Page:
Manfreda is a genus of flowering plants in the family Asparagaceae. There are 28 species of Manfreda, distributed from South-eastern and South Texas, Eastern Mexico, and Guatemala. These succulent plants are small and stemless or with a short stem. The fleshy leaves form a loose rosette. Leaf edges are smooth or have tiny teeth, and there are no terminal spines. The relatively tall inflorescence carries fragrant tubular flowers.
Some authorities place Manfreda in the genus Polianthes, while others place both in the genus Agave. The generic name honors the 14th-century Italian writer Manfredus de Monte Imperiale.
The Spotted Manfreda, also called Texas Tuberose (Manfreda maculosa), has silvery-green leaves covered with purple spots and is a popular xeriscape plant in the Southwest United States.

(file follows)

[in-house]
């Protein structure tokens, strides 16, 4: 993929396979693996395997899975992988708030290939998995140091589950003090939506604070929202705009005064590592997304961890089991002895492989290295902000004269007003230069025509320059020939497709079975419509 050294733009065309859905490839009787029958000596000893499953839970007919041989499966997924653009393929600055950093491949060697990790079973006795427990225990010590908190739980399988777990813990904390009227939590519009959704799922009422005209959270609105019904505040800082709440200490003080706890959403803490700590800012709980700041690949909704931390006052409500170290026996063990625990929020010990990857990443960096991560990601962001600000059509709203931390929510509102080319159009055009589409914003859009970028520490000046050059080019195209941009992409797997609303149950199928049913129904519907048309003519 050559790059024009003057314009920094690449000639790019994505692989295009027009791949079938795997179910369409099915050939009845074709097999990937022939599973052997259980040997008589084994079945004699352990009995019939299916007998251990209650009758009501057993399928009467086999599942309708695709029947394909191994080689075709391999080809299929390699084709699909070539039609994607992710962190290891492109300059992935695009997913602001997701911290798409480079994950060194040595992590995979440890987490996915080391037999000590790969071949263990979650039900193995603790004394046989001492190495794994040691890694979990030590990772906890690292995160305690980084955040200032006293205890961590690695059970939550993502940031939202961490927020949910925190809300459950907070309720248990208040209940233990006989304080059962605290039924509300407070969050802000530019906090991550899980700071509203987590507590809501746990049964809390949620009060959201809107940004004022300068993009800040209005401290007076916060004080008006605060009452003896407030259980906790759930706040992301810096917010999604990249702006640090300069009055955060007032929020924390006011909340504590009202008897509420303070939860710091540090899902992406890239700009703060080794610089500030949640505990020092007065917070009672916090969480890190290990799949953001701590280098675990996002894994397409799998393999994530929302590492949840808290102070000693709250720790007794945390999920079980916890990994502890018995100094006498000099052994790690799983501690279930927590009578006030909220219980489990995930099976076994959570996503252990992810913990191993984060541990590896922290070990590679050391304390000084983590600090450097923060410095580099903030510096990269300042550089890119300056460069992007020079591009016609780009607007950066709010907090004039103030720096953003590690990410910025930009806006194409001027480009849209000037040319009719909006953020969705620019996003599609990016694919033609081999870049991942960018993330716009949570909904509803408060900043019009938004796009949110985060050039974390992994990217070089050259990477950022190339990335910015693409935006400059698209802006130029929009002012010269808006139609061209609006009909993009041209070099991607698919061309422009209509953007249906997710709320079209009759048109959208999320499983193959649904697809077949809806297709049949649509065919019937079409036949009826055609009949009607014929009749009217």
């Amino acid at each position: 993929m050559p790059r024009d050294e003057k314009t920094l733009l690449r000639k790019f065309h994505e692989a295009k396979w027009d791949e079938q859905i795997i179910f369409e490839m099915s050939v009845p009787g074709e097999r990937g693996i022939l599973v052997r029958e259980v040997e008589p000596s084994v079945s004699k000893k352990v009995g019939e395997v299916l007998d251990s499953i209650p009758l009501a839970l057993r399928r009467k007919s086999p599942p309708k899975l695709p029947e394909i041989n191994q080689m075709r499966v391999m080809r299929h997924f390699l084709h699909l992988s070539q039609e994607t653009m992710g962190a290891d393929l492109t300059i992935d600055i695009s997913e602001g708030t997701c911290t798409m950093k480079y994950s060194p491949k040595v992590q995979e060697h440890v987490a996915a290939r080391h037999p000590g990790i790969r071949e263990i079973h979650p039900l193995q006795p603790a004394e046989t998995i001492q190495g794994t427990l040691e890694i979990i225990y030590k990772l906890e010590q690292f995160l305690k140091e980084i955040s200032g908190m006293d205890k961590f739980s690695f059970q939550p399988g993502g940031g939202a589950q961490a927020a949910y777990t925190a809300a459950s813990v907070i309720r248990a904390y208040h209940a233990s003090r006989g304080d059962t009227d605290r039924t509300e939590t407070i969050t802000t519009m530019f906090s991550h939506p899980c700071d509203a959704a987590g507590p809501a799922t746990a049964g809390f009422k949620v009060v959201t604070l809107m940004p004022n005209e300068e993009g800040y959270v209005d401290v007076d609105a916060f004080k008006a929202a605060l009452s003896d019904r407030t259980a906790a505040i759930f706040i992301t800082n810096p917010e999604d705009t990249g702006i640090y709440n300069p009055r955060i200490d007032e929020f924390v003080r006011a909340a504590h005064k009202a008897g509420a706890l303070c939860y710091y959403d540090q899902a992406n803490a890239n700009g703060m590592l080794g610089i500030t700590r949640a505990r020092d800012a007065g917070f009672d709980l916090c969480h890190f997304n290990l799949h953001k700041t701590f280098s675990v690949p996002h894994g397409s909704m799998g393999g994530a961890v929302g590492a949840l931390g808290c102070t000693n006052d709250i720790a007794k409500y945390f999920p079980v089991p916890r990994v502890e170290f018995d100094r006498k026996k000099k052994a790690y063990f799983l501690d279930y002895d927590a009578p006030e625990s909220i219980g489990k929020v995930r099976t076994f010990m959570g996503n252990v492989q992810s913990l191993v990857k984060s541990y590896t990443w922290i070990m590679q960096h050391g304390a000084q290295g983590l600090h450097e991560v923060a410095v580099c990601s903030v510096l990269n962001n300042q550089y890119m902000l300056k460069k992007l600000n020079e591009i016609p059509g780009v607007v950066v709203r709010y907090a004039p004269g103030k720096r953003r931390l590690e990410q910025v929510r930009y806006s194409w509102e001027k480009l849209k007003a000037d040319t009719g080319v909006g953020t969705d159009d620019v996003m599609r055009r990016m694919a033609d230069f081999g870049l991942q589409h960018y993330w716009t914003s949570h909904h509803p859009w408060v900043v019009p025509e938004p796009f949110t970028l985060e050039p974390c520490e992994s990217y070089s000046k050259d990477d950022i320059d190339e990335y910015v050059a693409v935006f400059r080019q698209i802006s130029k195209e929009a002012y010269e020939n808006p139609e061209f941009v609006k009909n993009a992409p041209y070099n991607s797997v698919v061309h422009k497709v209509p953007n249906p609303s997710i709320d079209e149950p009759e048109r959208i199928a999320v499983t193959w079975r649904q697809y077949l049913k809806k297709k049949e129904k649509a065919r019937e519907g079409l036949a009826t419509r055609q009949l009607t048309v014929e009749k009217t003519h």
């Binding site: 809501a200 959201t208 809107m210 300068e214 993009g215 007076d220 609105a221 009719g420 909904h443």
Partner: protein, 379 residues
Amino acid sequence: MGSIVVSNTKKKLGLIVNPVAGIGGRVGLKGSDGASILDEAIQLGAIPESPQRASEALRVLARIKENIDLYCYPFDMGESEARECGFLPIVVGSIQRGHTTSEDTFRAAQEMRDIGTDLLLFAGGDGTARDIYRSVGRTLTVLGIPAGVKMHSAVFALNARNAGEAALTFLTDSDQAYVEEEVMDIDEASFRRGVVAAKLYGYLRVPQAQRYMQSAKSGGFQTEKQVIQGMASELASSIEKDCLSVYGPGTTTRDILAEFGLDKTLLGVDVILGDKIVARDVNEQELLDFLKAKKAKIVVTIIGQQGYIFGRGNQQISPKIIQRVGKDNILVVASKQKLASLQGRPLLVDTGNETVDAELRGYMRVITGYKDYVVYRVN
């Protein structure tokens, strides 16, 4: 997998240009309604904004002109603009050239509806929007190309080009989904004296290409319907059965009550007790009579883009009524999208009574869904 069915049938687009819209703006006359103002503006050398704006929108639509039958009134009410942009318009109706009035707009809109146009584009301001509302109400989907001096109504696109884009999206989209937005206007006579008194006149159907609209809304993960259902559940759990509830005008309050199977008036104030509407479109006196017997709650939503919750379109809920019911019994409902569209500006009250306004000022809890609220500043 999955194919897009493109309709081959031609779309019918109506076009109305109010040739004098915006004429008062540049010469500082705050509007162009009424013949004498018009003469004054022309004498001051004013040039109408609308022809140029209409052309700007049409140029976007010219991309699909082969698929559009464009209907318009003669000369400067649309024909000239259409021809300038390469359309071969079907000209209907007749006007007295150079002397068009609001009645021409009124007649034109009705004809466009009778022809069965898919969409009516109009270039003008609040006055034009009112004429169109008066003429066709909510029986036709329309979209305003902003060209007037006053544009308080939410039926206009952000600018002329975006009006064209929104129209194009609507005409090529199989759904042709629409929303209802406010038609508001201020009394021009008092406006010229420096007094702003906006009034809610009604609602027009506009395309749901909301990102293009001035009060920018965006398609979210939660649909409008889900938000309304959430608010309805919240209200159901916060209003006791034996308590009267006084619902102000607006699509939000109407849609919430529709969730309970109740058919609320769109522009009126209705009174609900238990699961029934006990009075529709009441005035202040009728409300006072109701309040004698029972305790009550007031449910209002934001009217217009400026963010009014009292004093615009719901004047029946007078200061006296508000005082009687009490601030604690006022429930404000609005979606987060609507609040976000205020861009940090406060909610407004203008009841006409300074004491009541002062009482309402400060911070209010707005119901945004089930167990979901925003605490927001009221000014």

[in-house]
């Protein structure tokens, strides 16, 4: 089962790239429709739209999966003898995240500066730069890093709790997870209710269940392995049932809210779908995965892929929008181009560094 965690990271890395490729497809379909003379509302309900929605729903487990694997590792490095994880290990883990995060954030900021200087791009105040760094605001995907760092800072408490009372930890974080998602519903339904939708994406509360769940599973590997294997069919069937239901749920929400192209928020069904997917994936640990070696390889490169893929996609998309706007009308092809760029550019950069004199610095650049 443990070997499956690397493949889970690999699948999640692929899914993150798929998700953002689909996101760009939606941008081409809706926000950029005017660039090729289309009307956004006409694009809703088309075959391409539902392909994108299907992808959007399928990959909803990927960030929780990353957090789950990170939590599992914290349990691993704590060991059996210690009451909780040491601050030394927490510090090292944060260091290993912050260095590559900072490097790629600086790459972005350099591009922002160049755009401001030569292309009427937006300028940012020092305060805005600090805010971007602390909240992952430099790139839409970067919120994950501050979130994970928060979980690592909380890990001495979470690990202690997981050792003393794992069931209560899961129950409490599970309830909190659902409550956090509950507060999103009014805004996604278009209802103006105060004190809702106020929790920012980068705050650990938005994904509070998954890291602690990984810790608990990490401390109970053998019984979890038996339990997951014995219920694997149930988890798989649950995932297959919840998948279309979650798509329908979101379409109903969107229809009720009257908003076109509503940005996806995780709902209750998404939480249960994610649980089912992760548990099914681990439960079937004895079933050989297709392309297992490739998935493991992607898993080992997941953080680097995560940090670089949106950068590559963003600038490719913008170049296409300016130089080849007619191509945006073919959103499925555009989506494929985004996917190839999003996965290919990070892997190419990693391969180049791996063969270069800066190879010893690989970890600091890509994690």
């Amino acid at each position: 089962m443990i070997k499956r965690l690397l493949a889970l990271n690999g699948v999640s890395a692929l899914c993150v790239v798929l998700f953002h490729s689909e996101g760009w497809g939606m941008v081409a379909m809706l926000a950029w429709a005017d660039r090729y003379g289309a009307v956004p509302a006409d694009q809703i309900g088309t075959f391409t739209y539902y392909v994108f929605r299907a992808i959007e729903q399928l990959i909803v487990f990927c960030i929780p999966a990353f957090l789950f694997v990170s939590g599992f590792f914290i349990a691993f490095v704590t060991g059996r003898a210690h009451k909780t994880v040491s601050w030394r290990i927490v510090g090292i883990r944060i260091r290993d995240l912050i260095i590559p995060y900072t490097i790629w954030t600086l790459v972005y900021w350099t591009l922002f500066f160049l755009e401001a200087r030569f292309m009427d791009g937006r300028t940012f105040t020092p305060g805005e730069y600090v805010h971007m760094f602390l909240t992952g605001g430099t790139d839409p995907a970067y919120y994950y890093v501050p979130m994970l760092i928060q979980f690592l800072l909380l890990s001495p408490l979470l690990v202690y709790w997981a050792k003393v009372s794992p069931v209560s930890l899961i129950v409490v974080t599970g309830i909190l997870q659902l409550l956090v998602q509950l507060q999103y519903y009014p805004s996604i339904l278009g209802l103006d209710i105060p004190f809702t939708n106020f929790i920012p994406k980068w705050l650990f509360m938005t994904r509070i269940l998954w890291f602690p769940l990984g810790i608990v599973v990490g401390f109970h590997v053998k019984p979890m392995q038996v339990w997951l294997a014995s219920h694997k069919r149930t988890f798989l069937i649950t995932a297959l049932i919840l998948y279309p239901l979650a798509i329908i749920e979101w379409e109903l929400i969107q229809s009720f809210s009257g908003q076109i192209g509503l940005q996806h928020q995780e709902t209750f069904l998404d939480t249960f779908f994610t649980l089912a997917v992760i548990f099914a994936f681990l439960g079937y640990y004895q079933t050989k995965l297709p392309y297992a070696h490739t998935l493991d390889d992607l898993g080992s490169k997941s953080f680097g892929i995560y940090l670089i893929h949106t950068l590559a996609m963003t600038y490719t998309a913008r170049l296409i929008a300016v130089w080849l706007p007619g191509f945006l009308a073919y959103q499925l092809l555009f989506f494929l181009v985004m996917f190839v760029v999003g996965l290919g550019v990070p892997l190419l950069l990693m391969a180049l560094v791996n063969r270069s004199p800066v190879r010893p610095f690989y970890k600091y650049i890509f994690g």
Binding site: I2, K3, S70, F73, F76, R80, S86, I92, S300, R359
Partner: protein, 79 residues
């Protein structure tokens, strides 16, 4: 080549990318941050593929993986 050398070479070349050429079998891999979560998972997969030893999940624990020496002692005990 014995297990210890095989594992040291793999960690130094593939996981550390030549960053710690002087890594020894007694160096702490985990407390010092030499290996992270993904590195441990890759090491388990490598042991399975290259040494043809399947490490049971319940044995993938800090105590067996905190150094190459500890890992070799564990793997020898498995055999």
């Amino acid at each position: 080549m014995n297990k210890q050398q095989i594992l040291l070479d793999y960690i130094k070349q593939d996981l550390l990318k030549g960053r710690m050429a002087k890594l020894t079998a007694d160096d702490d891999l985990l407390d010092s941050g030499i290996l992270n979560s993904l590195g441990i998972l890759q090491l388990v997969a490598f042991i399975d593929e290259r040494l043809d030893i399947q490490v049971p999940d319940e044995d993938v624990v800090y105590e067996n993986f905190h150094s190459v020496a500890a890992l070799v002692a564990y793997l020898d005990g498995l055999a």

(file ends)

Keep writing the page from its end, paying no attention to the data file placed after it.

Manfreda species contain saponins used as detergents. They are also traditionally used as remedies against snakebites. While efficacy against a snakebite is doubtful, it is just about possible that the soapy content could help to inactivate the toxic enzymes in some snake venoms.
Growing Conditions and General Care
Manfreda is a tender perennial or "temperennial" plant that grows best in full sun. Plant them in well-drained, dry to average soil in containers just slightly wider than the width of the rosette or plant directly in the ground. Since the plants have a relatively large root system, the containers should be at least 12 inches (30 cm) deep. Manfredas are slower growers, so they will not quickly overtake the space allotted in the landscape.
In summer, when the plants are actively growing, they appreciate a bit of supplemental watering and half-strength fertilizer. During the winter months, the plants should be allowed to dry and stored in a cold room at 48 °F (9° C). Water them only enough to keep the foliage from shriveling.
Manfredas are propagated by the removal of offsets and from fresh seed. Fresh seeds germinate in 7 to 21 days at 68 to 72 °F (19 to 22 °C).
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